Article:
1

Having this issue when running Pro*C in windows with cygwin

Syntax error at line 104, column 31, file C:\cygwin\usr\include\machine/_default_types.h:
Error at line 104, column 31 in file C:\cygwin\usr\include\machine/_default_types.h
#elif  defined(LLONG_MAX) && (LLONG_MAX > 0x7fffffff)
..............................1
PCC-S-02201, Encountered the symbol "L" when expecting one of the following:

config pcscfg.cfg file looks like this:

sys_include=
(C:\cygwin\usr\include,C:\Oracle\product\10.2.0\client_1\precomp\public,C:\cygwin\usr\include\sys,C:\cygwin\lib\gcc\i686-pc-cygwin\4.5.3\include)

ltype=short

define=(ORASTDARG)

code=kr_c 

parse=partial

Thanks!

5
  • Try adding a pair of parenthesis. Dec 12, 2011 at 16:42
  • where would I add the parenthesis ?
    – Alex
    Dec 12, 2011 at 17:07
  • Before defined and at the EOL: #elif (defined(LLONG_MAX) && (LLONG_MAX > 0x7fffffff) )You could also try to remove the parenthesis around LLONG_MAX > 0x7fffffff. Also: inspect the previous line. Could be a \r\n + backslash thing. Dec 12, 2011 at 17:12
  • thanks but it didn't work...this file is _default_types.h from the gcc compiler library, so I doubt I have to do any changes to these library files...maybe something to do with Pro*C ?
    – Alex
    Dec 12, 2011 at 17:25
  • My guess was indeed that there was something wrong with Pro*C. (Oracle+Microsoft+C := bad mix). BTW: you can look at the header files without affecting the libraries. You can even edit them, if you know what you are doing. Is this a fresh installation? Dec 12, 2011 at 17:34

2 Answers 2

1

Consider using

#ifdef ORA_PROC
    #include <apparently_evil_include_file.h>
#endif

to suppress the include that is including the evil thing, as a possible workaround.

It effectively hides the include from the Pro*c preprocessor, while letting it be there for the compiler.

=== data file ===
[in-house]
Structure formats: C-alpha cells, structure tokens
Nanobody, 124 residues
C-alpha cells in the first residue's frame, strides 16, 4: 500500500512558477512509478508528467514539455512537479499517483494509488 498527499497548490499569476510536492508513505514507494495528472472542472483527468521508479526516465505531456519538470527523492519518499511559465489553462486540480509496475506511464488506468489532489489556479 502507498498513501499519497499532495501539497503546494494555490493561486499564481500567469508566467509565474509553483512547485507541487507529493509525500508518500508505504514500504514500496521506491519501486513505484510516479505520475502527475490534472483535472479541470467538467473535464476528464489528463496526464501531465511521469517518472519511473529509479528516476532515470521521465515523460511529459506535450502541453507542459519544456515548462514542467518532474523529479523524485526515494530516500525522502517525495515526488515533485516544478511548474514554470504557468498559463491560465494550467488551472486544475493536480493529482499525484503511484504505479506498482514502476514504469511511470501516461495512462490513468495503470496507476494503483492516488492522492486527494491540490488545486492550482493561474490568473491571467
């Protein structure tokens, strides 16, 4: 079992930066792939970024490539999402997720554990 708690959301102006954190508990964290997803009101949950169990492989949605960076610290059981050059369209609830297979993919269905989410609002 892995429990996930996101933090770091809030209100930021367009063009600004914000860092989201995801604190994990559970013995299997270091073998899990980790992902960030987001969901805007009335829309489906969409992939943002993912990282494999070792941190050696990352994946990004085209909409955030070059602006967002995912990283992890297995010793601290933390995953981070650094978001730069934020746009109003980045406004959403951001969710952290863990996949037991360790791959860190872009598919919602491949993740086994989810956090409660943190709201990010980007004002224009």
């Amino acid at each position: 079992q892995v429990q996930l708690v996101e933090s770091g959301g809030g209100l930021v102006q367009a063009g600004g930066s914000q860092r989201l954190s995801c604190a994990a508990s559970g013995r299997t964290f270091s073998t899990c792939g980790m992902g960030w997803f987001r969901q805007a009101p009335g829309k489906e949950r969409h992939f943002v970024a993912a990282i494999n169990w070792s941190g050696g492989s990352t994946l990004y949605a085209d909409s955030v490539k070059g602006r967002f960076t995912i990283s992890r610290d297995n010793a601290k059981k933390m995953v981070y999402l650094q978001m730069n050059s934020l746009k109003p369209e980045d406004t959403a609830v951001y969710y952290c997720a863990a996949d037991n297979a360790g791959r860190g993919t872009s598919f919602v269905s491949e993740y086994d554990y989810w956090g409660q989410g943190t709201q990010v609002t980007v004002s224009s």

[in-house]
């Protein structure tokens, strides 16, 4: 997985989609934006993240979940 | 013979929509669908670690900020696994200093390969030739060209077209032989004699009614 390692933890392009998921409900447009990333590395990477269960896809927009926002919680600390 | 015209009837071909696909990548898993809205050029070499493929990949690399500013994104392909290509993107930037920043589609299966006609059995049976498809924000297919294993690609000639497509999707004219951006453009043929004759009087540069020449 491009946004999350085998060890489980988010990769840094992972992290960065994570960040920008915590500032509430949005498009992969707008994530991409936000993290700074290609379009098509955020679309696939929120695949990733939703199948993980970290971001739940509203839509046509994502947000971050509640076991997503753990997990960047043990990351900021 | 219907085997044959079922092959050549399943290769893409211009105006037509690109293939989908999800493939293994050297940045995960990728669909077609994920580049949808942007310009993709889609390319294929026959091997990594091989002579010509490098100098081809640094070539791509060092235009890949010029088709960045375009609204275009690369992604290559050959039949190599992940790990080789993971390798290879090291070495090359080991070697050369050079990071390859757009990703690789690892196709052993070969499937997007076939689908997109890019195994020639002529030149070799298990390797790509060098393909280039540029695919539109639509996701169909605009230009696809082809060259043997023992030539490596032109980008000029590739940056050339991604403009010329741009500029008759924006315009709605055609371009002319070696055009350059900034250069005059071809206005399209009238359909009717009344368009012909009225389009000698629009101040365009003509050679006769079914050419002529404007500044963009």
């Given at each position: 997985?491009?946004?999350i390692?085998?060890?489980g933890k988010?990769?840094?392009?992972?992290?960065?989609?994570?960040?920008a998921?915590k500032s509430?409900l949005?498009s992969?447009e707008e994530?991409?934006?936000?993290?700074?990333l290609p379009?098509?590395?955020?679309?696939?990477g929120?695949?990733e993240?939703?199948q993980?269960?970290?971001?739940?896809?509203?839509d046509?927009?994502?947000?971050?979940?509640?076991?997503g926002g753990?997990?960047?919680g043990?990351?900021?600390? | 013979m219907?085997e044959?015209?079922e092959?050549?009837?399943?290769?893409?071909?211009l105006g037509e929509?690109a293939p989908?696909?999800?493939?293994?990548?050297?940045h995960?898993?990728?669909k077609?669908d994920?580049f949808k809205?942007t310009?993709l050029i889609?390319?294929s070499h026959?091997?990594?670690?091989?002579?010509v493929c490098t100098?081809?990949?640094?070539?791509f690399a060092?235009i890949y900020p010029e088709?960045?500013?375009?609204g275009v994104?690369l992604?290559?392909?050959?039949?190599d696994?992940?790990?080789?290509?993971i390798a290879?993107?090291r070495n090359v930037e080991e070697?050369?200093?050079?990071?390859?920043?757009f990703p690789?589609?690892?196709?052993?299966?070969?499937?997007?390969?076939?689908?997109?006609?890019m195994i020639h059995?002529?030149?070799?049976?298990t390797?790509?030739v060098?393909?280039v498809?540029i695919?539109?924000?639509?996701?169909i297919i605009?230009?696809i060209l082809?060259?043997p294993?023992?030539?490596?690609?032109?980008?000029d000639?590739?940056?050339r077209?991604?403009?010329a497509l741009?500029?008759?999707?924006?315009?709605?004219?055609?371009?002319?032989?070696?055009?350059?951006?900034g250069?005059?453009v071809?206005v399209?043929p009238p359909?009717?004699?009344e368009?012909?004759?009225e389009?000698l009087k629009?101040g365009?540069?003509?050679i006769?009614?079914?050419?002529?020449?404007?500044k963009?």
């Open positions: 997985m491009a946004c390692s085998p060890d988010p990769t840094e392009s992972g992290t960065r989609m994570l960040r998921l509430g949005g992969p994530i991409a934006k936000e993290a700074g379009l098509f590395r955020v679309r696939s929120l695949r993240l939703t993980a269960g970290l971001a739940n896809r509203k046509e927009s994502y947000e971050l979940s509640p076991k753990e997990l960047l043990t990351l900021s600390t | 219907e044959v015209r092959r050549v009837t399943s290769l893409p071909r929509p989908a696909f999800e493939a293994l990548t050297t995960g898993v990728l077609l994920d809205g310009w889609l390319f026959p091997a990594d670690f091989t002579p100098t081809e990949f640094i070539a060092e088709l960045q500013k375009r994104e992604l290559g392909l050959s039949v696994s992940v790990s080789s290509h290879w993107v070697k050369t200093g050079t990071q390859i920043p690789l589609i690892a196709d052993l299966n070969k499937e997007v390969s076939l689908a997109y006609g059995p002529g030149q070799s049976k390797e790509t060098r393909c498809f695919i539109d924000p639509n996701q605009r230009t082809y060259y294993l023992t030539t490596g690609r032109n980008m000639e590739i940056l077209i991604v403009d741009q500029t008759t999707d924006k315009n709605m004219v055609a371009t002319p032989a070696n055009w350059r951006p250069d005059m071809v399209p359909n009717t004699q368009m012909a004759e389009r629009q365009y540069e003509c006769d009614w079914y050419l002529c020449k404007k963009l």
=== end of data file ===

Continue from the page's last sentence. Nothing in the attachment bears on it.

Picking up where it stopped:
You could also do some research on metalink.

0

Warning: Speculation follows.

The code it's complaining about, line 104, column 31 in file _default_types.h, is:

#elif  defined(LLONG_MAX) && (LLONG_MAX > 0x7fffffff)
                              ^ column 31

LLONG_MAX is defined in <limits.h>. On Cygwin, the definition is:

#define LLONG_MAX __LONG_LONG_MAX__

which refers to this:

#ifndef __LONG_LONG_MAX__
#define __LONG_LONG_MAX__ 9223372036854775807LL
#endif

The type long long and the LL suffix for long long integer constants are a new feature in C99. In C prior to C99 (unless it's supported as an extension), 9223372036854775807LL would be a syntax error. I can imagine that a parser might interpret it as the syntactically valid constant 9223372036854775807L followed by L. (That wouldn't actually be a correct interpretation, but it's a syntax error anyway.)

I haven't used Ora*C, but my guess is that it has to parse its input code, which is a combination of C and SQL, producing pure C output. (Is that correct?) If the Ora*C parser doesn't understand the type long long, or a ...LL literal, it could produce the kind of error you're seeing.

Something that really raises my suspicions is this line in your pcscfg.cfg file:

code=kr_c

That probably tells Ora*C to treat its input as K&R style (i.e., pre-standard) C code. Consult your documentation and see if there's an option to tell it to process C99 code, or at least something more modern than K&R C.

This web page suggests that code=ansi_c is a recognized option. Try that.

Or is the error coming from the C compiler that's invoked by Ora*C? What C compiler are you using? If it's not gcc, can you configure it to use gcc?

3
  • Are OraC and ProC the same thing? Dec 17, 2011 at 23:00
  • Orac isn't a thing. ProC is a preprocessor that comes with Oracle, which reads from the .pc file, and replaces the embedded sql with a set structures and function calls that do the actual work. The output file is generally a .c file. That .c file then gets compiled by the native compiler, and linked with a specific set of Oracle libraries.
    – EvilTeach
    Dec 18, 2011 at 0:39
  • The PCC in the error message identifies it as the Pro*C pass.
    – EvilTeach
    Dec 18, 2011 at 0:41

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